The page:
IVF1 – August 2006

So, full of optimism and hope in the expertise of the fertility clinic and with very little done in the way of research, discussion forums and so on, we flew 1300 miles from London, UK to Kiev, Ukraine in August 2006.

We’d never been to anywhere in the former USSR before and didn’t know what to expect. The airport was neither modern, nor antiquated, and we found the ‘tour company’ intermediaries waiting for us beyond departures.  It was not like a typical package holiday and as we boarded the transfer coach we met for the first time other couples that were to undergo some from of IVF treatment.  We were glad to find that some people were friendly; others preferred to keep themselves to themselves.  Although we had departed from the UK there were a number of people from other countries on the visit.

We were driven through the suburbs of the City and were dropped in one of two hotels. The majority of people stayed in the one we did – the Rus.  The other hotel, The Premier Palace, was considerably more expensive per night basis.  Given that the women would be unable to use the gym or swimming pool for the duration of their stay, we decided that it was costing us enough for the privilege of the treatment.

There were a few administrators from the London clinic staying with us in our hotel, and so it was good to see some familiar faces.  I think that it was suggested on the first night that – although the hotel had a restaurant – it would be interesting to make the short 10-15 minute walk into the ‘town centre’.   About a dozen people met up to do this. we went to a Pizza Hut franchise, familiar food for Westerners.  No-one wanted to end up with a dodgy tummy when there was important work to be done over the next couple of days.  A funny moment was when the drinks order was taken – the men all had beers; the women were all on soft drinks!  Over the course of that evening we spoke to many couples, and learned many things:

1. That IVF treatment does not always work – people were back for multiple visits

2. That some people come back a LOT – over 5 times for some people.

3. That there were some success stories; some had come back for a brother/sister to their first success story.

4. That the attitudes of friends/families back in the UK was such that many did not choose to share the fact that they were going on such a ‘trip’ with others.  This was consistent with the way we felt.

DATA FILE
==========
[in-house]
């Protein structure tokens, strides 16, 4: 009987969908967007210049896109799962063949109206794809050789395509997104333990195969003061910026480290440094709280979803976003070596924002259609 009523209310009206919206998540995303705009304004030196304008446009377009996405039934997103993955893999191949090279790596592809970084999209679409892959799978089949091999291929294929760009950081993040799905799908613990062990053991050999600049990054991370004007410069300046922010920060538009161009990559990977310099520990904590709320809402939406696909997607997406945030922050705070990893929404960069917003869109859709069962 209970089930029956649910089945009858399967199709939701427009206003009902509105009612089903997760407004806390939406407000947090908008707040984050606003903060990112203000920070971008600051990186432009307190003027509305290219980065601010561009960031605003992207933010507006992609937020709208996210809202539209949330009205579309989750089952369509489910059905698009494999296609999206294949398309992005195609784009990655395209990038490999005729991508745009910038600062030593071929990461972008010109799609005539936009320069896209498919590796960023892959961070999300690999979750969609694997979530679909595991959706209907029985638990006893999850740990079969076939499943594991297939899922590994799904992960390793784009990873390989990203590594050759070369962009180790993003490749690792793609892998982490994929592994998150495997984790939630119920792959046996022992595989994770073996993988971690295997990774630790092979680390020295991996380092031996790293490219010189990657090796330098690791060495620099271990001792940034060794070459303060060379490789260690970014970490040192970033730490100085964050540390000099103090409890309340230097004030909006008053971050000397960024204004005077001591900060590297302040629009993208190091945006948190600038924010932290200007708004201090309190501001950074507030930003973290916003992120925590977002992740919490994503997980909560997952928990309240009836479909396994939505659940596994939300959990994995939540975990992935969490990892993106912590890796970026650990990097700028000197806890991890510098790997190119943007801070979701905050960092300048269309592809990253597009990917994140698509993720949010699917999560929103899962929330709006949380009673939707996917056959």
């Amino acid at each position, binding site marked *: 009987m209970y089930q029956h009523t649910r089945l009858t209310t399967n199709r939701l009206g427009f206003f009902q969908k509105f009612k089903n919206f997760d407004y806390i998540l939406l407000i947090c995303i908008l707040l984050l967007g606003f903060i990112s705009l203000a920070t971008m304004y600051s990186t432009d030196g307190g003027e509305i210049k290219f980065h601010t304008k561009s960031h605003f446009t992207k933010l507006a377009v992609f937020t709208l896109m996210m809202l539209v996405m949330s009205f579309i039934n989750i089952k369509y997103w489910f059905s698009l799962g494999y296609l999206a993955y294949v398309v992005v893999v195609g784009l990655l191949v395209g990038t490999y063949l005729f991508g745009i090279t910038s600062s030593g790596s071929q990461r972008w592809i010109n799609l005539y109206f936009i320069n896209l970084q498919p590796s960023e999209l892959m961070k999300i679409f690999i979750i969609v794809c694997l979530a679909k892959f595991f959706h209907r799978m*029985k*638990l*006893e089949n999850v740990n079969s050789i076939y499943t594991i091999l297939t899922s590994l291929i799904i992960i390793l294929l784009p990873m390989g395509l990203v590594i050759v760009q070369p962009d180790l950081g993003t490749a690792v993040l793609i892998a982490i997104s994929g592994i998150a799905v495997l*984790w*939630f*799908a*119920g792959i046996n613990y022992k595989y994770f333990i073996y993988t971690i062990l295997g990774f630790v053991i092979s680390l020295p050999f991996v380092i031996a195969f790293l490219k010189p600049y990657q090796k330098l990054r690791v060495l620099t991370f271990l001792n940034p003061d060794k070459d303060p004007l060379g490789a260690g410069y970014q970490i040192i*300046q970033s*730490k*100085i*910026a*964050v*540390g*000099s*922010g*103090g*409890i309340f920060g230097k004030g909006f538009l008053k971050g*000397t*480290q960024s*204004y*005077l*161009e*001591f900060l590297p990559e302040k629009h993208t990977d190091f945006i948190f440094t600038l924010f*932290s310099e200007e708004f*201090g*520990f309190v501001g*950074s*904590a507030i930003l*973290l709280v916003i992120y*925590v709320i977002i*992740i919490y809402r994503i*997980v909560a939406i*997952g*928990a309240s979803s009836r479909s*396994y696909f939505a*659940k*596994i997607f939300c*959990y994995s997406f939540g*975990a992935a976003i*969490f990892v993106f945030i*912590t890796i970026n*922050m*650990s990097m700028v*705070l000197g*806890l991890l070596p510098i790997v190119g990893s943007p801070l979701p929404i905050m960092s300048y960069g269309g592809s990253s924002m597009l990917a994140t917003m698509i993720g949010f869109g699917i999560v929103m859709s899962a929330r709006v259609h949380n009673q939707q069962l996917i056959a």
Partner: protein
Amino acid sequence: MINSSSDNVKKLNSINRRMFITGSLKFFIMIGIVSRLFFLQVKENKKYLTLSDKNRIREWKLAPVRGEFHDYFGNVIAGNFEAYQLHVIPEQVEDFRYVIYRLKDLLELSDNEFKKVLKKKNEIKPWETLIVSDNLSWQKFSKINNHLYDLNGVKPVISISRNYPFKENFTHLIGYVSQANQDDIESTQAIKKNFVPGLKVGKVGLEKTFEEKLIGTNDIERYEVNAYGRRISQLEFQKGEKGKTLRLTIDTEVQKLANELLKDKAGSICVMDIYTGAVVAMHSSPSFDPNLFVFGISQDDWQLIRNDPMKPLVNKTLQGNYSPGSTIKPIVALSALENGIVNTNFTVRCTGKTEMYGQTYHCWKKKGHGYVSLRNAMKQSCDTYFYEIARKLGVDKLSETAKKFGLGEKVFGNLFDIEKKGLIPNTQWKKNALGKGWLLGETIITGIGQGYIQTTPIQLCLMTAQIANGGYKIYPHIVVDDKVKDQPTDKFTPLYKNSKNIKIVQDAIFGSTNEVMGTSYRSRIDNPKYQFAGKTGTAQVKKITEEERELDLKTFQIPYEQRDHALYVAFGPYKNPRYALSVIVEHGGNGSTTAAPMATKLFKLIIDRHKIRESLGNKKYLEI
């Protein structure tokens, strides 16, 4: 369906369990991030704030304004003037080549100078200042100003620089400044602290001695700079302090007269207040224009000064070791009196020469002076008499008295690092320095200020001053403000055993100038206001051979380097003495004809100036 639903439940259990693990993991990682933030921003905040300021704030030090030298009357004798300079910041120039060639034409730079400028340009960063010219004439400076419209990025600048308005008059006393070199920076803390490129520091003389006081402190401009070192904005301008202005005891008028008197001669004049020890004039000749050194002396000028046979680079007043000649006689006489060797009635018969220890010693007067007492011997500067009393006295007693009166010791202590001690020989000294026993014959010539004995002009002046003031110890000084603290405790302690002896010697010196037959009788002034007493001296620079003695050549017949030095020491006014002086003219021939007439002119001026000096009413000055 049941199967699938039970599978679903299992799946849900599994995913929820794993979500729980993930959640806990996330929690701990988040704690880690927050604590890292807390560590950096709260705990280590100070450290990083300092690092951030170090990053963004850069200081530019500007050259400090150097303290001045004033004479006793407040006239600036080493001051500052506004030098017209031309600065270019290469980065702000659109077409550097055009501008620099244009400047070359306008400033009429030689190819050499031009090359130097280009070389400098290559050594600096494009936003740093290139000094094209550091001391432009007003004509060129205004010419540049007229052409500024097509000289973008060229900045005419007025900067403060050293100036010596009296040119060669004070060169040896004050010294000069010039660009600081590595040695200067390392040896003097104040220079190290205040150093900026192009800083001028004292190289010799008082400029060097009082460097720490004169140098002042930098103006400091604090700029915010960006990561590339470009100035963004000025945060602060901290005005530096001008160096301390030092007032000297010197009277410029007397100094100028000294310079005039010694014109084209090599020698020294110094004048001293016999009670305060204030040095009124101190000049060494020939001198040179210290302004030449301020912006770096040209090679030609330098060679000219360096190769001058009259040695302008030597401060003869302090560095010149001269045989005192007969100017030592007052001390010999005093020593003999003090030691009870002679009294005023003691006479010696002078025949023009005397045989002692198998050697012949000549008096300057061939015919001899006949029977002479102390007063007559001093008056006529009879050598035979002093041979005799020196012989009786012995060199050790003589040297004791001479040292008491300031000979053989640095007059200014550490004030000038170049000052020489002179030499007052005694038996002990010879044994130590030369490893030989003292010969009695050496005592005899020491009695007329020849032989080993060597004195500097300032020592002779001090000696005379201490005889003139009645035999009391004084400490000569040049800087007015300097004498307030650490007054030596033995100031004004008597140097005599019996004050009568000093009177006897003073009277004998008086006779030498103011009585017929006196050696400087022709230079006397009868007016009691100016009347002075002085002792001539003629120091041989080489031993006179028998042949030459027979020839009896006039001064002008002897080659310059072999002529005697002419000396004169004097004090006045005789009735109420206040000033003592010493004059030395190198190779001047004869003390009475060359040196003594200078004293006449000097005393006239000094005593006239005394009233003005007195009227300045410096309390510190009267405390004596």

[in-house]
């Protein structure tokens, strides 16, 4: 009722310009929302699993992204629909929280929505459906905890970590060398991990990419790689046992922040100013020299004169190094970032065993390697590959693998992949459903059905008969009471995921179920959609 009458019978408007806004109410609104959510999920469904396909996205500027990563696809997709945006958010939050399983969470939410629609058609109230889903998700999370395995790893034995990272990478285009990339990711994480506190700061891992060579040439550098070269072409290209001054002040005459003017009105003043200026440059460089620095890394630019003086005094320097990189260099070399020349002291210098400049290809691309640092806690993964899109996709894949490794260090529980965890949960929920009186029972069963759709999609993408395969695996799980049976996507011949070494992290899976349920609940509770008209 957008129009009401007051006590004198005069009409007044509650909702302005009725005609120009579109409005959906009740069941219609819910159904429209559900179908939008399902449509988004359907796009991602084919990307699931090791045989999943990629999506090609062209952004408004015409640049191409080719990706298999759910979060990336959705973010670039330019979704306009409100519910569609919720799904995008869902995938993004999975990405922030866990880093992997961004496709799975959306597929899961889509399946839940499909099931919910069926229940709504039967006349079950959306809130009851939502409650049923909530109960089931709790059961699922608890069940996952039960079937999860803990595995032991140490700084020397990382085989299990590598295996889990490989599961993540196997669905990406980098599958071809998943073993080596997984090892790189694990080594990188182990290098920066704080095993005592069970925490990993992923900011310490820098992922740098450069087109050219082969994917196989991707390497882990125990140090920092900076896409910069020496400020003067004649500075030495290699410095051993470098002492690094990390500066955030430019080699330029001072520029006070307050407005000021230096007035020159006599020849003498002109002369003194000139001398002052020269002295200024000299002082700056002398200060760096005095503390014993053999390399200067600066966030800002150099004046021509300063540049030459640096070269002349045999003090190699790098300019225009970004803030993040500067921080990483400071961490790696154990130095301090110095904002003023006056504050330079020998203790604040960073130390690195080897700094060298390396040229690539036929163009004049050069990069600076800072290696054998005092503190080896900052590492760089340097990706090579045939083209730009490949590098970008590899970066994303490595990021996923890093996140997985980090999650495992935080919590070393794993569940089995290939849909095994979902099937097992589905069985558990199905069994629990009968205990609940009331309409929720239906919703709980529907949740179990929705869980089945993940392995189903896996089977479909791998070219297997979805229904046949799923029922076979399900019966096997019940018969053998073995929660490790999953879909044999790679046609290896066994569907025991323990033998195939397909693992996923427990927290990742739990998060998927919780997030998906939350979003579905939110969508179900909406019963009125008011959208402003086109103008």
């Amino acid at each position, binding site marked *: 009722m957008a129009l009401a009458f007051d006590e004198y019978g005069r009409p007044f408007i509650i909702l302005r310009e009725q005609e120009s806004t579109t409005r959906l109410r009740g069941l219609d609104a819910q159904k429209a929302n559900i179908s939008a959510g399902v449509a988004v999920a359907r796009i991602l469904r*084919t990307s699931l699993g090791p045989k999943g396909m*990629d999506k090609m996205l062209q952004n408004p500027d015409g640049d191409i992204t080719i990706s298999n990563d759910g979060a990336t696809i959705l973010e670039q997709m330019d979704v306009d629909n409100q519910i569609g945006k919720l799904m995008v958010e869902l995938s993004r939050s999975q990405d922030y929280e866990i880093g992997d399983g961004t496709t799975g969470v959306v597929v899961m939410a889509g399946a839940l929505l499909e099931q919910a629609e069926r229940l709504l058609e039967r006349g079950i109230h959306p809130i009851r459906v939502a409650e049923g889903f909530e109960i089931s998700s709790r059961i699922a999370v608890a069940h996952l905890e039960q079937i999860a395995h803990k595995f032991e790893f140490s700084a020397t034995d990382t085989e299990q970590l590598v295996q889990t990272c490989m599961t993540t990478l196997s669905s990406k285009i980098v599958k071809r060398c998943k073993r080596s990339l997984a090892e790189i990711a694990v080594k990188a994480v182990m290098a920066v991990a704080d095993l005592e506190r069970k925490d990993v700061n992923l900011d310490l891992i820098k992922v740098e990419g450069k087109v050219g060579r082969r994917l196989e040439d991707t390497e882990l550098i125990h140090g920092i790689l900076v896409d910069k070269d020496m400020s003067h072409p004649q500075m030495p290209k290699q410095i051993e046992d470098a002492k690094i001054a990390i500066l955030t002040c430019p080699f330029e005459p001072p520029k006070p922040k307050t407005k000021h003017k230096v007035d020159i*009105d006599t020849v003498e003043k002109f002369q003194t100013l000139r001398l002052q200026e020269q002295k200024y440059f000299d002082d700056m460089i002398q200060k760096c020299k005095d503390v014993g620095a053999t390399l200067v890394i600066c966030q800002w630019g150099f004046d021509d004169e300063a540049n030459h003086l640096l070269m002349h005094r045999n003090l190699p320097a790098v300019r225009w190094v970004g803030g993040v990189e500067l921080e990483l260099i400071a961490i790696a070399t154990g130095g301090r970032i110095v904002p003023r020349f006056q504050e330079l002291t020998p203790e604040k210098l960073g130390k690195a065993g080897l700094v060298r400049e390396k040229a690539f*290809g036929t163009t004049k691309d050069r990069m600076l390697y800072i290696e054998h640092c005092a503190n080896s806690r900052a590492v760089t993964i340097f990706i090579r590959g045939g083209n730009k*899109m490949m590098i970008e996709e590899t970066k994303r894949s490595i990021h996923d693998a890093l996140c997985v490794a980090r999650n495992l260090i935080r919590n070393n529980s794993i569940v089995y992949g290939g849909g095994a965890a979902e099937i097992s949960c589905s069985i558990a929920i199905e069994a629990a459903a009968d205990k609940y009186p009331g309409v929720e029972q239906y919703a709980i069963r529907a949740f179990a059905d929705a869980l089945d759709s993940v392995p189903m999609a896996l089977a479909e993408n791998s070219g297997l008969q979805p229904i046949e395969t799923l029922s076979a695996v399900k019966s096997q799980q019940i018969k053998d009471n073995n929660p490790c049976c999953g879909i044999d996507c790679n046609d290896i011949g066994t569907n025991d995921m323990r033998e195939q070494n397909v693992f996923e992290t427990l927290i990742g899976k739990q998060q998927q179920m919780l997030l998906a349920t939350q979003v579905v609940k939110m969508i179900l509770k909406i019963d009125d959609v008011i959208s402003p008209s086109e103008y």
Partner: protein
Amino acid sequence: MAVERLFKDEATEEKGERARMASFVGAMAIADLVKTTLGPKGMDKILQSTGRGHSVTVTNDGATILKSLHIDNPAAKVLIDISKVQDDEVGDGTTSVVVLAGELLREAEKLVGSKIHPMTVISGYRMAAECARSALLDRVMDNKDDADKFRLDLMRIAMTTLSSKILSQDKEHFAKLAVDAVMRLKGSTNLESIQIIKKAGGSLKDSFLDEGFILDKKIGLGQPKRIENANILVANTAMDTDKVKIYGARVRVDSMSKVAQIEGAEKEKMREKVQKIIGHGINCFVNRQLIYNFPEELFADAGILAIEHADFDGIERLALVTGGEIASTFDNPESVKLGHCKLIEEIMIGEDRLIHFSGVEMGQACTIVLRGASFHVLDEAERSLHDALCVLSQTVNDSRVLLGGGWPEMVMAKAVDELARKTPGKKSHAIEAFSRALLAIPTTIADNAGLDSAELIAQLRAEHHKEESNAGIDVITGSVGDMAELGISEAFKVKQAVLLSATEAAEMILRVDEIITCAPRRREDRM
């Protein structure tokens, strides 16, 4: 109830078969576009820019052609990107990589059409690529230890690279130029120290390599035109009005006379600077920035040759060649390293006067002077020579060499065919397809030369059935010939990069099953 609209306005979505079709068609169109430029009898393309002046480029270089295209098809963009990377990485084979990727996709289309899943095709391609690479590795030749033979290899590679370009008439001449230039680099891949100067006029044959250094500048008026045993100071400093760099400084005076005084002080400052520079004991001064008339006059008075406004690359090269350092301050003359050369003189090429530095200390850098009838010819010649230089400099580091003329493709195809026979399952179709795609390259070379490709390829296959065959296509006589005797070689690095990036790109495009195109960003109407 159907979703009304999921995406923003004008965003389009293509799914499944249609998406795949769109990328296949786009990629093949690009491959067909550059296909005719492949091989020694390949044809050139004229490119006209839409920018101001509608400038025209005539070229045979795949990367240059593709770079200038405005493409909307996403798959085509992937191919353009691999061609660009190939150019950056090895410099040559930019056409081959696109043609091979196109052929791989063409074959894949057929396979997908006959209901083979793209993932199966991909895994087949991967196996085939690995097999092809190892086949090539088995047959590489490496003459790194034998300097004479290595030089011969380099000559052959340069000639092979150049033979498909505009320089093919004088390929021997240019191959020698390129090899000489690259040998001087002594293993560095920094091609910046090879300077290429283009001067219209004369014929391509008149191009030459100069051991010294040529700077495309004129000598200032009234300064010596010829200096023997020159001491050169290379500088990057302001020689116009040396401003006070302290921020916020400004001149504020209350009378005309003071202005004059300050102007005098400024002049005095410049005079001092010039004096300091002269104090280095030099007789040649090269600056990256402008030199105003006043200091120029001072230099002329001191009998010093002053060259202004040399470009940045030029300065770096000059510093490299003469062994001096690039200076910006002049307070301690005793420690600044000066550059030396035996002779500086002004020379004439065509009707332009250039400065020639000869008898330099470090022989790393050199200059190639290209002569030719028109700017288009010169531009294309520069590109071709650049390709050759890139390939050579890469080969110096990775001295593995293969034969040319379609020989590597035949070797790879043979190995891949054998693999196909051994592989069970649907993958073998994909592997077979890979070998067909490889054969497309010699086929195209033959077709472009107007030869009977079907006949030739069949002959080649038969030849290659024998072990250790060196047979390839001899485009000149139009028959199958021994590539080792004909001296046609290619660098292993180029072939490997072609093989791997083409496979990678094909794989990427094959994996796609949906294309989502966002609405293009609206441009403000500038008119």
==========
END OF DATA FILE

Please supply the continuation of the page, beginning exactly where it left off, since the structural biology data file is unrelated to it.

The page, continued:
Because it’s been so long ago I can’t remember precisely what happened on each of the days, however it was necessary for me to go to the hospital for my sperm donation on one visit – during which I went into a very clean room to enjoy the facility of porn on a big telly whilst I dropped off my ‘part’ of the process into a specimen jar (which I then tactfully was advised to leave near a serving hatch and depart the room).

Then a day or two passed and we were advised of the specific time of our ET (embryo transfer).  We then went to the hospital (which involved the ‘tour agents’ ferrying us across in a taxi minivan battling the crazy traffic conditions across the city); us sitting in the waiting area of what was a very plush privately-funded dedicated maternity hospital; and then being called in – couple by couple – to find out how well the embryo cell growth had been on the eggs we’d been donated.  Then with the consultant we were given the choices for how many eggs to transfer.  For us, we had three eggs of very high quality – and we decided to go for transferring two of them.  This would be on the basis that it was likely that at least one would ‘take’.

So with Mrs Rooster up in stirrups, an assistant came over with a very long syringe contraption; we were asked to confirm who we were; and then the transfer took place. All relatively pain-free; and a little ultrasound photo given to us to confirm – well, to confirm not very much really.

In total we were in sunny Kiev for about four days.  We returned home, full of hope, for the two week wait…

 

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Pre IVF1

I suppose its best to start at the beginning, before we embarked on IVF.  I met the lovely and cuddly Mrs Rooster nearly ten years ago. We fell in love when we were in our twenties. We had lots of happy times, went on nice holidays together. We got married in 2004.